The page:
And what have been the principal rewards of recording all the overtures? ‘Just what we’ve been speaking of, really. Also, the understanding of his huge talent, as a composer—of his combination of the light and the serious. It’s interesting that when Rossini wants to express something very serious it often turns out to be rather sarcastic, which isn’t something one tends to think of in his case. But the biggest joy for me is that I could really let myself go, immerse myself in his joyful directness, his innocence—like drinking some wonderful orange juice under a blue sky—in his world of sensitivity and sensuality. Not for nothing is he called Monsieur Crescendo! But it’s always a classical sensuality. He wasn’t a voluptuary.’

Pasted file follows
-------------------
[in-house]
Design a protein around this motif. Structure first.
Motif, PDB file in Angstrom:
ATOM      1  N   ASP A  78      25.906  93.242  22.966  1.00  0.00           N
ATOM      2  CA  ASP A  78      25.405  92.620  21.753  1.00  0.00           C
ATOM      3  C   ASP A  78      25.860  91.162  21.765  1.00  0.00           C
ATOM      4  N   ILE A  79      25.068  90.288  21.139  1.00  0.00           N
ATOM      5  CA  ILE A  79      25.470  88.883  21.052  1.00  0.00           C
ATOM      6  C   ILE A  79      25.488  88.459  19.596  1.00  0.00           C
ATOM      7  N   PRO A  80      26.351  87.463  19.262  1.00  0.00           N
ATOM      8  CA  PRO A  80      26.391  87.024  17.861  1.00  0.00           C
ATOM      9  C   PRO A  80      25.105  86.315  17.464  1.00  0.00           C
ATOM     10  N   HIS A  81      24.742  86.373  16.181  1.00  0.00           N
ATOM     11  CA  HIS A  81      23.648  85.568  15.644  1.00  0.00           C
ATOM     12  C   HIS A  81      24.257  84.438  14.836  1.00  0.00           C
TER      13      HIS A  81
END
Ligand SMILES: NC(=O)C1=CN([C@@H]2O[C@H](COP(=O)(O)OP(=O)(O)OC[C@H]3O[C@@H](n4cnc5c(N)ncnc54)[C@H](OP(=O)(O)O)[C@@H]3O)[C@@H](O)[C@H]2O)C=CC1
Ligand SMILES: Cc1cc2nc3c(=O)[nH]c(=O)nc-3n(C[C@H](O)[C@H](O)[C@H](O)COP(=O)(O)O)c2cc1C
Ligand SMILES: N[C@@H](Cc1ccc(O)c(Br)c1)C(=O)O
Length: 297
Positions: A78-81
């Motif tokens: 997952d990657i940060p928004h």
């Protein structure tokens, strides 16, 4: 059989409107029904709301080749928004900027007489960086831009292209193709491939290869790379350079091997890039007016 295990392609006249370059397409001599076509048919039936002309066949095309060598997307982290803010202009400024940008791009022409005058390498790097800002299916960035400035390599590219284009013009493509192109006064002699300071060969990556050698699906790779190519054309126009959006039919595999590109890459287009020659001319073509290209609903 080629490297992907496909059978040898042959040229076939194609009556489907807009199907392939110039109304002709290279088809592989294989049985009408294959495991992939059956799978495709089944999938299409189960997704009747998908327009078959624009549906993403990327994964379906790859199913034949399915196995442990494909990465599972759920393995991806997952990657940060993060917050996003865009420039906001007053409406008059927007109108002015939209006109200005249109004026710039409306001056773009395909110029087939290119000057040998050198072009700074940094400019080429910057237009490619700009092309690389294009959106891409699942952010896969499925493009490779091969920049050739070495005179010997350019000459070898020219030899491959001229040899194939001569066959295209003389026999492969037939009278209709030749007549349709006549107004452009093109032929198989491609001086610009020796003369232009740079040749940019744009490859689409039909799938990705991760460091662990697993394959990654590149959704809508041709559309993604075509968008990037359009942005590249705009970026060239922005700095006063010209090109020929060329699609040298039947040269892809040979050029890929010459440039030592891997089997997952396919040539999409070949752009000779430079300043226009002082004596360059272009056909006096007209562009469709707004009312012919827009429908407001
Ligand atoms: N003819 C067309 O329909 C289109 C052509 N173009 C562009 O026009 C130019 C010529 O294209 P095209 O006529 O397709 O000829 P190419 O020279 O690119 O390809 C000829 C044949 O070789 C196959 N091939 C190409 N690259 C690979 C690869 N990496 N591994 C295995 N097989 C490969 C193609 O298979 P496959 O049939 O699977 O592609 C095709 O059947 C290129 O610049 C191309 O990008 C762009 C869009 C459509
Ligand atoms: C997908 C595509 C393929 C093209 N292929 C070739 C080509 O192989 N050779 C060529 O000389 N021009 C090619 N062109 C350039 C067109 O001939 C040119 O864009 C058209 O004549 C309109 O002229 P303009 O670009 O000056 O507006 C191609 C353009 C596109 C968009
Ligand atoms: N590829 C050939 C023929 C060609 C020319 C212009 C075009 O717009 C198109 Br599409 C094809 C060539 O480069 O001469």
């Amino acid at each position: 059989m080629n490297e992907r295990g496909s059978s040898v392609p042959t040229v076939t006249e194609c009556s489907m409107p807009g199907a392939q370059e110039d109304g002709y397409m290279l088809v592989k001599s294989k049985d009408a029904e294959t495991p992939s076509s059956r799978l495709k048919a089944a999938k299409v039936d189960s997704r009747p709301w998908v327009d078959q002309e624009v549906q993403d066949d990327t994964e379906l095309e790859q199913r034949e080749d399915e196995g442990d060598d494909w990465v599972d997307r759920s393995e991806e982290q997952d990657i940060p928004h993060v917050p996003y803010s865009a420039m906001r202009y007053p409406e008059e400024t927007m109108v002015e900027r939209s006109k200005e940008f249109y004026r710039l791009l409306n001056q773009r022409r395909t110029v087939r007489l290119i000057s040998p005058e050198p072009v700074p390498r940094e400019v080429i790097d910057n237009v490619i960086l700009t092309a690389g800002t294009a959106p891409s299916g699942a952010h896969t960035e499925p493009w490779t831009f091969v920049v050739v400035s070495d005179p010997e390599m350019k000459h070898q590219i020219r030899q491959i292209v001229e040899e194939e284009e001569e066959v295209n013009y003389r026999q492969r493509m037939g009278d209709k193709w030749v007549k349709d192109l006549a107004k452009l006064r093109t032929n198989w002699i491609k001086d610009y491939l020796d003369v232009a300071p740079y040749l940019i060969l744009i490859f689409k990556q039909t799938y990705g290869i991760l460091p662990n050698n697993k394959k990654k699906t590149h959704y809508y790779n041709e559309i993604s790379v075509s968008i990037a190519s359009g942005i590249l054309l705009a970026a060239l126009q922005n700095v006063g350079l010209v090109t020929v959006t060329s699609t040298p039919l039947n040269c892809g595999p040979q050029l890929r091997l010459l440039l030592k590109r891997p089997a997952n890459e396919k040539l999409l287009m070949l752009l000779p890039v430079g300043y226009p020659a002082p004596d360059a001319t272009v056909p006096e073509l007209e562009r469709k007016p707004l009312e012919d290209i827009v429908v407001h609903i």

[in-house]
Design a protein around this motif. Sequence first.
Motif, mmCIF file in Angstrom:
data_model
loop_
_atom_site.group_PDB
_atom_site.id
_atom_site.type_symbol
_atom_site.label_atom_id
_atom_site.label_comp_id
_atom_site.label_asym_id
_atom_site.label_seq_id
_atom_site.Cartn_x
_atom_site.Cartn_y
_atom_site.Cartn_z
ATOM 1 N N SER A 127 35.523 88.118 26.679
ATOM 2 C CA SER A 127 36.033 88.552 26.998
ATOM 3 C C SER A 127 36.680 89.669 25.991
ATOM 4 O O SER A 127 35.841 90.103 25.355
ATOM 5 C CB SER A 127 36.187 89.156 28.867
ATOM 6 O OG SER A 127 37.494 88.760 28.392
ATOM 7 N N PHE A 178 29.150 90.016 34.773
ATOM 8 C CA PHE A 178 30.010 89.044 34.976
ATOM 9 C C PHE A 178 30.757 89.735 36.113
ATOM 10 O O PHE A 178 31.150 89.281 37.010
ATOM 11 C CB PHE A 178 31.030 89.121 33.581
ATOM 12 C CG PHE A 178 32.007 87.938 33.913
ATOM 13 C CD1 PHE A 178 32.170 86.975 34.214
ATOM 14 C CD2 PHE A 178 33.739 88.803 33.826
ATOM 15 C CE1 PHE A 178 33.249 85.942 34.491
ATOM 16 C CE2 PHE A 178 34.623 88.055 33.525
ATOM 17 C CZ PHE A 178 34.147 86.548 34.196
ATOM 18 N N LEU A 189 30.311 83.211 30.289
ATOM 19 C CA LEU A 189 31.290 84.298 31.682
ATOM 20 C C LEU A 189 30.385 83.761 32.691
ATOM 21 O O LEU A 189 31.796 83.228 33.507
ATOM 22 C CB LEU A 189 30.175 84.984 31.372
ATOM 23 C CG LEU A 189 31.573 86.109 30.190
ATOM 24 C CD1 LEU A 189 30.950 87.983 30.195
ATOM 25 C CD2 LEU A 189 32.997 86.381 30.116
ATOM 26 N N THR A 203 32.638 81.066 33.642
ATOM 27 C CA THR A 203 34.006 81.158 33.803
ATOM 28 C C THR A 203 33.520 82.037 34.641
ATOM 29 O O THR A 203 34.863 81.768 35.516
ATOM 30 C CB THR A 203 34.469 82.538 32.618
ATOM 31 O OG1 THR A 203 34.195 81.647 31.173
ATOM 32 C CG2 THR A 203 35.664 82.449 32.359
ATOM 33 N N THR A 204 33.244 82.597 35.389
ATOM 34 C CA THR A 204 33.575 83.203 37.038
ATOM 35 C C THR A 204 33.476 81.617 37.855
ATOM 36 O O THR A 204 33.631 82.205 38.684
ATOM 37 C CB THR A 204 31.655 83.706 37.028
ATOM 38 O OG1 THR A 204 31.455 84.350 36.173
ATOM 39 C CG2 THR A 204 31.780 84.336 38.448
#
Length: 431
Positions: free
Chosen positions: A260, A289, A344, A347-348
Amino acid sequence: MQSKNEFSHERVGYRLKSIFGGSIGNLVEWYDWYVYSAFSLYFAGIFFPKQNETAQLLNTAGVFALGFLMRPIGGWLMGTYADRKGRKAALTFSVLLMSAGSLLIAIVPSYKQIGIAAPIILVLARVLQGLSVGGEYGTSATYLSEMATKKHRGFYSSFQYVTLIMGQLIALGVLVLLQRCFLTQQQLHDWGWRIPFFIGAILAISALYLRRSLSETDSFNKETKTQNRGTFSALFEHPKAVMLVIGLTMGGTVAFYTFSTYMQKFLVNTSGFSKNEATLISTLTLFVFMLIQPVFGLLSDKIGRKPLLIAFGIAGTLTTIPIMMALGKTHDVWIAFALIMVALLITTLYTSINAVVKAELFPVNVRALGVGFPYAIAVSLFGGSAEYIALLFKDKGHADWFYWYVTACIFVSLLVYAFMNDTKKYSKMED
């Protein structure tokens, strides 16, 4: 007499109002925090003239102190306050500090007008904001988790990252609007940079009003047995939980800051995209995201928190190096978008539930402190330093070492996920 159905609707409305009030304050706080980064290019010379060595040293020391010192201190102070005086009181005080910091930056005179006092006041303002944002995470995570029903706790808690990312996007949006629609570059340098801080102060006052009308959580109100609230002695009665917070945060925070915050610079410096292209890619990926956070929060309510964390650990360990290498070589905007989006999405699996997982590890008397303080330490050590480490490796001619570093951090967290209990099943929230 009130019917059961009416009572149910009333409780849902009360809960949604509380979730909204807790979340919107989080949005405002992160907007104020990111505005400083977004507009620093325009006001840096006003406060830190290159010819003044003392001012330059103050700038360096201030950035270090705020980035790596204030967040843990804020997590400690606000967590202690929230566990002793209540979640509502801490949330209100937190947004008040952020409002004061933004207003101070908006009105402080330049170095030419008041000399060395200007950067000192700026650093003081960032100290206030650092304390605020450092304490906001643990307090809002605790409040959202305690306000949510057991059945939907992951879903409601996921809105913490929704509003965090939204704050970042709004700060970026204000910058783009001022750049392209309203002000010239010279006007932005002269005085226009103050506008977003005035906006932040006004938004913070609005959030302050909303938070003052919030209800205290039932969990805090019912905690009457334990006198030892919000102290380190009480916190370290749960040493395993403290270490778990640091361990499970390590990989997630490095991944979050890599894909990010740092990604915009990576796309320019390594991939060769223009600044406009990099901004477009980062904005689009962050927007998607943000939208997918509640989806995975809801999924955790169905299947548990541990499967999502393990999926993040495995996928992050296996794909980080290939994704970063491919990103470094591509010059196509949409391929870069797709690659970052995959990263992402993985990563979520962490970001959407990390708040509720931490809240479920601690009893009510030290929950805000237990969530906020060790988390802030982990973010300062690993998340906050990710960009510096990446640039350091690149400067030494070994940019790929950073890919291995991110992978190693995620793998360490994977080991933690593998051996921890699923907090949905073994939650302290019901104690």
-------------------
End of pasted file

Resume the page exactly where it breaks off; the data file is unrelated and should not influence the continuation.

Did Mr. Benda know all the overtures at the outset of this project, or were there the odd discoveries? ‘Some of them I didn’t know at all: the first ones, from his youth, for instance, like Cambiale di matrimonio. Actually there were lots of discoveries. Many of these pieces, some of them very beautiful, are simply never performed. It was a pleasure and a privilege to discover them.’